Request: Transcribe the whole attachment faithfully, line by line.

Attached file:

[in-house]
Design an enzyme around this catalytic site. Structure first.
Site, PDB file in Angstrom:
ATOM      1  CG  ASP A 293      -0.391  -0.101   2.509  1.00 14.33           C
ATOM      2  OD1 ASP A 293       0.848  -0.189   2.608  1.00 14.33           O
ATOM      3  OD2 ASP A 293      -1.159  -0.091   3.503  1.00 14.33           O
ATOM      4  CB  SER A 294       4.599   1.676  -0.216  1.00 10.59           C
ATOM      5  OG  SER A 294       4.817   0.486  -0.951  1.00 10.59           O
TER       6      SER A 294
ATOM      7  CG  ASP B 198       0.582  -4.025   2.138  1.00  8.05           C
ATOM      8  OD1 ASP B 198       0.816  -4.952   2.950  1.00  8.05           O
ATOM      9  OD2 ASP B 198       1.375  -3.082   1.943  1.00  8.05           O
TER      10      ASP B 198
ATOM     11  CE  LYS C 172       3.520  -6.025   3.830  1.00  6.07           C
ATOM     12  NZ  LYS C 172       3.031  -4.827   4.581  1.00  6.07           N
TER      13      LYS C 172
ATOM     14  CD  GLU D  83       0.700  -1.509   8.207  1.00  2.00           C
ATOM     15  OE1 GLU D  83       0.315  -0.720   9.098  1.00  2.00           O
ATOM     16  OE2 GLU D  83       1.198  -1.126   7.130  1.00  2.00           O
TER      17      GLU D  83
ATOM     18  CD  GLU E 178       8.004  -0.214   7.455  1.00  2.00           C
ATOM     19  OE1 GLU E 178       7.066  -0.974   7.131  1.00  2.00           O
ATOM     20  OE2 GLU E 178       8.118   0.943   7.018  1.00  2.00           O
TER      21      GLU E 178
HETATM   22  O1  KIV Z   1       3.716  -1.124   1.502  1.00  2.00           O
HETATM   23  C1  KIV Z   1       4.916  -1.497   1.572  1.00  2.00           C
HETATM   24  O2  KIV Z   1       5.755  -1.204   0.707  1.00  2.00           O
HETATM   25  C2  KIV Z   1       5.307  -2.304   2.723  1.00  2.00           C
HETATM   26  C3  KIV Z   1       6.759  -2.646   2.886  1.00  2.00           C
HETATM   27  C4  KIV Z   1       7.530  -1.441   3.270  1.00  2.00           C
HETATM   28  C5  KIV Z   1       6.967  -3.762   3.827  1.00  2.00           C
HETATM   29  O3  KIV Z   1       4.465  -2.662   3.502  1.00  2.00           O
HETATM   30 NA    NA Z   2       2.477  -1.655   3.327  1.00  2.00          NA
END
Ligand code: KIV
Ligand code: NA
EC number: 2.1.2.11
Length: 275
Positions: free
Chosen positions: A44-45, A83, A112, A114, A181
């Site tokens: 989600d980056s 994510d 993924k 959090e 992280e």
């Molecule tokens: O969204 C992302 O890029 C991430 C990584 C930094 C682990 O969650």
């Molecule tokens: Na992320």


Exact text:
[in-house]
Design an enzyme around this catalytic site. Structure first.
Site, PDB file in Angstrom:
ATOM      1  CG  ASP A 293      -0.391  -0.101   2.509  1.00 14.33           C
ATOM      2  OD1 ASP A 293       0.848  -0.189   2.608  1.00 14.33           O
ATOM      3  OD2 ASP A 293      -1.159  -0.091   3.503  1.00 14.33           O
ATOM      4  CB  SER A 294       4.599   1.676  -0.216  1.00 10.59           C
ATOM      5  OG  SER A 294       4.817   0.486  -0.951  1.00 10.59           O
TER       6      SER A 294
ATOM      7  CG  ASP B 198       0.582  -4.025   2.138  1.00  8.05           C
ATOM      8  OD1 ASP B 198       0.816  -4.952   2.950  1.00  8.05           O
ATOM      9  OD2 ASP B 198       1.375  -3.082   1.943  1.00  8.05           O
TER      10      ASP B 198
ATOM     11  CE  LYS C 172       3.520  -6.025   3.830  1.00  6.07           C
ATOM     12  NZ  LYS C 172       3.031  -4.827   4.581  1.00  6.07           N
TER      13      LYS C 172
ATOM     14  CD  GLU D  83       0.700  -1.509   8.207  1.00  2.00           C
ATOM     15  OE1 GLU D  83       0.315  -0.720   9.098  1.00  2.00           O
ATOM     16  OE2 GLU D  83       1.198  -1.126   7.130  1.00  2.00           O
TER      17      GLU D  83
ATOM     18  CD  GLU E 178       8.004  -0.214   7.455  1.00  2.00           C
ATOM     19  OE1 GLU E 178       7.066  -0.974   7.131  1.00  2.00           O
ATOM     20  OE2 GLU E 178       8.118   0.943   7.018  1.00  2.00           O
TER      21      GLU E 178
HETATM   22  O1  KIV Z   1       3.716  -1.124   1.502  1.00  2.00           O
HETATM   23  C1  KIV Z   1       4.916  -1.497   1.572  1.00  2.00           C
HETATM   24  O2  KIV Z   1       5.755  -1.204   0.707  1.00  2.00           O
HETATM   25  C2  KIV Z   1       5.307  -2.304   2.723  1.00  2.00           C
HETATM   26  C3  KIV Z   1       6.759  -2.646   2.886  1.00  2.00           C
HETATM   27  C4  KIV Z   1       7.530  -1.441   3.270  1.00  2.00           C
HETATM   28  C5  KIV Z   1       6.967  -3.762   3.827  1.00  2.00           C
HETATM   29  O3  KIV Z   1       4.465  -2.662   3.502  1.00  2.00           O
HETATM   30 NA    NA Z   2       2.477  -1.655   3.327  1.00  2.00          NA
END
Ligand code: KIV
Ligand code: NA
EC number: 2.1.2.11
Length: 275
Positions: free
Chosen positions: A44-45, A83, A112, A114, A181
């Site tokens: 989600d980056s 994510d 993924k 959090e 992280e």
């Molecule tokens: O969204 C992302 O890029 C991430 C990584 C930094 C682990 O969650």
């Molecule tokens: Na992320």